Hustling through the evening people prepare for taraweeh as iftar draws to a close. As per norm, you would think one Juz a night would be read through 20 units of prayer. But there’s a lot we take for granted. Unfortunately, due to not having many huffaadh a lot of masajid do not complete one whole juz every night. However the last third of Ramadhan always heralds Qiyaamul Layl even in war zones. Indeed, Ramadhan is a month of Mercy.




What the future looks like

In stark contrasts, hope continues to flare under bleak and unbelievable circumstances. Still, things are becoming difficult as days go by. Two nights ago the Live Updates shop was bombed as Maseeha was moving to a much safer area. Relatively safe areas can become disaster zones overnight. This is the reality of the Syrian people. “What next?” I asked. “No, I’m not going back home,” she quickly answered enthusiastically. Until she is able and capable of assisting in every way possible she will not be uprooting. The crux of the matter revolves around making a difference. Alhamdulillah, this young Muslimah is a source of inspiration and motivation to make a world a better place just by being in it. Relief work is taxing and can take its toll on the strongest of people. But Allah pieces them together whenever they crumble.




A woman on the front lines

Every woman plays a pivotal role in the community she resides in. Statistics show that a larger part of the male population have been killed/martyred in this ongoing war leaving women and children behind. A considerable amount of women and children have also been bombed to death. Currently the ratio is that a lot more women than men are alive.




Where does a woman come in though? Looking at basic hygiene necessities for example, it is much easier for womenfolk to approach a woman rather than a man. Items like sanitary pads are a luxury for some. Maseeha and her colleagues play a vital role in sending out messages to organisations as to what aid is really needed on the ground.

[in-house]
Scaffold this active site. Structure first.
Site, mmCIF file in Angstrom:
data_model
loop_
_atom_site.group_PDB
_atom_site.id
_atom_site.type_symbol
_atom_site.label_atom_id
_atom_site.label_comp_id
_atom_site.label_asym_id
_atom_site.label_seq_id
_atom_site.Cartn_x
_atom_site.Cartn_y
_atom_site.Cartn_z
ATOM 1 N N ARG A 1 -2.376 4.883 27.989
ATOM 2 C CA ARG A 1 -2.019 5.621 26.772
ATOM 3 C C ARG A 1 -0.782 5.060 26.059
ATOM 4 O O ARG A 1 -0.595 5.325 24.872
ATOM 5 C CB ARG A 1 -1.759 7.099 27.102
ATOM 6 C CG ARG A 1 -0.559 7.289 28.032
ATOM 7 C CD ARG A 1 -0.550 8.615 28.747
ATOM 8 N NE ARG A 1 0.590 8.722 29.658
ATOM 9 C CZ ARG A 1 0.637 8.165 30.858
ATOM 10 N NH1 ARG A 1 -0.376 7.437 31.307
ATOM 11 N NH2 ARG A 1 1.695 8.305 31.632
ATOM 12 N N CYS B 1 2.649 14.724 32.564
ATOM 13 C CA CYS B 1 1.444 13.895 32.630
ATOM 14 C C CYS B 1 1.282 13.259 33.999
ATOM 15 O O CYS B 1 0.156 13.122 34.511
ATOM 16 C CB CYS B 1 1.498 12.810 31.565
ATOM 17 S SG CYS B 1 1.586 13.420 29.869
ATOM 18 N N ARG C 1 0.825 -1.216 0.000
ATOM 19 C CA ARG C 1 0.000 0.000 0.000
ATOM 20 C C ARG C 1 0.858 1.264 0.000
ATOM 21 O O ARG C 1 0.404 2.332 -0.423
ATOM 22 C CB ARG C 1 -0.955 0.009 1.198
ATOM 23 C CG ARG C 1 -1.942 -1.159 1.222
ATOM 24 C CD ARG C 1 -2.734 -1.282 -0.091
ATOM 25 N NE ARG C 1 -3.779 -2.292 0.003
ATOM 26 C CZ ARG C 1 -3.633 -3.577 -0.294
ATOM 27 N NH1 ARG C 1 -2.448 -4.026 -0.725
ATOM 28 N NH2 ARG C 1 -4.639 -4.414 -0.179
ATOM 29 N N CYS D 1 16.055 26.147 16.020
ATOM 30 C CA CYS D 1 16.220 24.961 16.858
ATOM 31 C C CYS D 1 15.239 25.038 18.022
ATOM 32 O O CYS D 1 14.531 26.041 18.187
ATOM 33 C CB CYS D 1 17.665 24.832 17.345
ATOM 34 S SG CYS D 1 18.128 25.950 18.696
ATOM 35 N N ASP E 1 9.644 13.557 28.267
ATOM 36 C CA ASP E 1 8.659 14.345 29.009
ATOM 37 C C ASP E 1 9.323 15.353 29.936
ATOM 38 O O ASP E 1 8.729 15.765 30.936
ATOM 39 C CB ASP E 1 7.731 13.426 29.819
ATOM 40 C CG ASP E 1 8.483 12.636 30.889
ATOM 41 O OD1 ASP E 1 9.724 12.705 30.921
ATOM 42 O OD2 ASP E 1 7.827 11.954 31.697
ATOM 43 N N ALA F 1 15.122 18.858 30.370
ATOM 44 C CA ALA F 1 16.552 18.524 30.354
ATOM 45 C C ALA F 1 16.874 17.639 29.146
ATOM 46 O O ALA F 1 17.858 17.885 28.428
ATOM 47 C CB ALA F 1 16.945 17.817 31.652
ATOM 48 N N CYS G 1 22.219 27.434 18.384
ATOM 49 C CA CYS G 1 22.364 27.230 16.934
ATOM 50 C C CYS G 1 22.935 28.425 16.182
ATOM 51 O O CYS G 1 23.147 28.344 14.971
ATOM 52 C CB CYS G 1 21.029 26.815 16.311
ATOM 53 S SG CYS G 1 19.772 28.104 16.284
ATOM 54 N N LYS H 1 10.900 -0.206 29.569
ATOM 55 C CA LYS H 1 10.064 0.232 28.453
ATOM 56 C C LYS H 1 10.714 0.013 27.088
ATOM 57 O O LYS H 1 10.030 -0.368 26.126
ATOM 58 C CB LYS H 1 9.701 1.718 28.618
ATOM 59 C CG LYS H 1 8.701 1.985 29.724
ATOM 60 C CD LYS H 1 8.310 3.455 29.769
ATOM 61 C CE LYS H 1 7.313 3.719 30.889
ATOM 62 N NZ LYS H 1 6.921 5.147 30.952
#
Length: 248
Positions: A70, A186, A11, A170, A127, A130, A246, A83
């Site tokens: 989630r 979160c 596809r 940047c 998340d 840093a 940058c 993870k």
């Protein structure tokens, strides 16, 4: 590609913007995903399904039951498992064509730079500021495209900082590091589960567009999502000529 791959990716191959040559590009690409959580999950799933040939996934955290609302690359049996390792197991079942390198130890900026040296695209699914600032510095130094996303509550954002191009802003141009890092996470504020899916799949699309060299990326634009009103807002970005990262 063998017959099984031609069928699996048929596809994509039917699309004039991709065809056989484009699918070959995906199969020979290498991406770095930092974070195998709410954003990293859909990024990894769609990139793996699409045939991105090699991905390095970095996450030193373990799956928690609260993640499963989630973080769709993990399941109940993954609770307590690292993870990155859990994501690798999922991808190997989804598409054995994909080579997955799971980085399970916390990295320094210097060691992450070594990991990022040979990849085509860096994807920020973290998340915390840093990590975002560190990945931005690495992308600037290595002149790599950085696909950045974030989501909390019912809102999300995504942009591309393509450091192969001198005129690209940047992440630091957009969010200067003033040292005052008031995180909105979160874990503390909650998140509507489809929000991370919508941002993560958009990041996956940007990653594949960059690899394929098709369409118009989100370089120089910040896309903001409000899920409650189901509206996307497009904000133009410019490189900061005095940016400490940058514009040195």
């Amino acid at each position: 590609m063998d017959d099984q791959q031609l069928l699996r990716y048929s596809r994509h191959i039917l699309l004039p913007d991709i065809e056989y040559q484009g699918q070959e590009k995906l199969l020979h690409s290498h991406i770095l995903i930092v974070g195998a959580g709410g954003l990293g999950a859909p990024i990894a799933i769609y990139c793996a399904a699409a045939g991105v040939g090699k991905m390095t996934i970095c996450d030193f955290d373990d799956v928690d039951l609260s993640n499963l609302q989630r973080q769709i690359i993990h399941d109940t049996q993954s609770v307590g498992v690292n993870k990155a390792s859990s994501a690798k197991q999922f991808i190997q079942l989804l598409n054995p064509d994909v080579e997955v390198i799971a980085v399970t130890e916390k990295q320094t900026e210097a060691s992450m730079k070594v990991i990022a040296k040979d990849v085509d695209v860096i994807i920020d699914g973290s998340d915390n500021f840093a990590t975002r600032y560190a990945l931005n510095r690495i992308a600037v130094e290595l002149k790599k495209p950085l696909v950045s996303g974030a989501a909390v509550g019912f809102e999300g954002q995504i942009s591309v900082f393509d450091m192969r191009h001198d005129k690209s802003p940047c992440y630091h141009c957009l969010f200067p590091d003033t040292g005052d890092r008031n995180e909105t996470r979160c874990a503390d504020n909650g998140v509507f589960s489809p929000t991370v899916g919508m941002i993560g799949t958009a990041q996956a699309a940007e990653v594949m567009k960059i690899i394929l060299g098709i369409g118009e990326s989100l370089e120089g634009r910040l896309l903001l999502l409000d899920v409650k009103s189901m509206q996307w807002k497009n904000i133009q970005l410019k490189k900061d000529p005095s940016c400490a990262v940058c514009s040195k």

Similarly, education is a rarity in Syria. Alhamdulillah, having previously taught in Pretoria, Maseeha is a true gem when it comes to helping in educating innocent children of war. A basic human right which easily falls to the wayside.





Understandably, both the victim and the person offering relief aid fall prey to the trauma involved in countries torn by ongoing wars and disasters. Having continuous family support is quite imperative. “We are a source of peace and comfort for each other,” she says when I asked how they deal with seeing so much trauma. Finding strength in each other they continue to strive to make this world a better place alongside many others. Tears roll down my cheeks as she recounts the helplessness her husband faced having only basic first aid training when a bomb blew in front of his eyes. What can you do with a heart lying on the ground to your right whilst a man rushes towards you with his one arm clutched in his other she asks? And as such counselling is always welcome she reiterates.




In a world full of stereotypes, this twenty-six-year-old niqabi, I can proudly say, is a humanitarian journalist reporting from the front lines and making a huge impact, giving her best with no ulterior motives. A dream come true for her, as many think that a niqabi and a journalist could never be strung together. Yet when Allah chooses no one can oppose.




On a lighter note

“Do you miss your mascara?” I asked as we shared a laugh. Fortunately for Maseeha, whilst growing up she was not a “trendy teenager”. Her sense of fashion was uniquely her own, filled with brightly coloured hues and a good sense of humour. And so no, it doesn’t bother her at all whether she’s made up or not. What she misses is the opportunity to continue to learn in an academic setting as she grows, as such opportunities are next to nothing in Syria.




A message from Maseeha to the world

Be grateful wherever you are in the world. Because the smallest of things that you take for granted, other people yearn for, for basic survival. Water, electricity, food, a place to call home. And if you can’t aid financially or in kind make du’a. Make du’a daily. “Du’a is a weapon of a believer.” (Muhammed)




Live Updates has been running for about three years now. Initiated by a husband and wife team, it has rapidly grown, connecting charities with people directly in the midst of war unlike those refugees on the border who are easily accessible. They are a link between those that can’t enter Syria and those that are in need of help.




Ummu Mo Rayyaan, is a young Muslimah student currently in transit. Being a wanderlust at heart, she appreciates travelling whenever Allah presents an opportunity with particular focus on the Palestinian plight. A freelance writer, she hopes and prays to fulfil her dream of becoming a published author.